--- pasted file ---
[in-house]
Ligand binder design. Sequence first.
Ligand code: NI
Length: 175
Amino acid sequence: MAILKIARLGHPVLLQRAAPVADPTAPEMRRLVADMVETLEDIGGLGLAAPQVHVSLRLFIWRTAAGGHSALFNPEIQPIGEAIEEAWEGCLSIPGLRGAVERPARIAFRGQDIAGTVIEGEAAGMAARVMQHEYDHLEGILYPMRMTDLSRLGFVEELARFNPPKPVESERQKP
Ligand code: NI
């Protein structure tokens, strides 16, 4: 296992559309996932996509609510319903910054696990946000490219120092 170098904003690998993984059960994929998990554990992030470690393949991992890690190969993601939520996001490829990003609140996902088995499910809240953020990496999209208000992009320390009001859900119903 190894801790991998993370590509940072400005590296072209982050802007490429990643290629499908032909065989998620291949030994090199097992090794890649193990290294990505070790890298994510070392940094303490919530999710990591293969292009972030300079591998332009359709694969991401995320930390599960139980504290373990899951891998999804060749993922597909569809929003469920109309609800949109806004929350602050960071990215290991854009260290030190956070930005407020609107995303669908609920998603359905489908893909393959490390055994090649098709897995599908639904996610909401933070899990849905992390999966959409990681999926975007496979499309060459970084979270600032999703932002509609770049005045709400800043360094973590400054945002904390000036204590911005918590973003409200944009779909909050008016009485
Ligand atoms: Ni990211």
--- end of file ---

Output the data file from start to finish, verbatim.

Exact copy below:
[in-house]
Ligand binder design. Sequence first.
Ligand code: NI
Length: 175
Amino acid sequence: MAILKIARLGHPVLLQRAAPVADPTAPEMRRLVADMVETLEDIGGLGLAAPQVHVSLRLFIWRTAAGGHSALFNPEIQPIGEAIEEAWEGCLSIPGLRGAVERPARIAFRGQDIAGTVIEGEAAGMAARVMQHEYDHLEGILYPMRMTDLSRLGFVEELARFNPPKPVESERQKP
Ligand code: NI
């Protein structure tokens, strides 16, 4: 296992559309996932996509609510319903910054696990946000490219120092 170098904003690998993984059960994929998990554990992030470690393949991992890690190969993601939520996001490829990003609140996902088995499910809240953020990496999209208000992009320390009001859900119903 190894801790991998993370590509940072400005590296072209982050802007490429990643290629499908032909065989998620291949030994090199097992090794890649193990290294990505070790890298994510070392940094303490919530999710990591293969292009972030300079591998332009359709694969991401995320930390599960139980504290373990899951891998999804060749993922597909569809929003469920109309609800949109806004929350602050960071990215290991854009260290030190956070930005407020609107995303669908609920998603359905489908893909393959490390055994090649098709897995599908639904996610909401933070899990849905992390999966959409990681999926975007496979499309060459970084979270600032999703932002509609770049005045709400800043360094973590400054945002904390000036204590911005918590973003409200944009779909909050008016009485
Ligand atoms: Ni990211």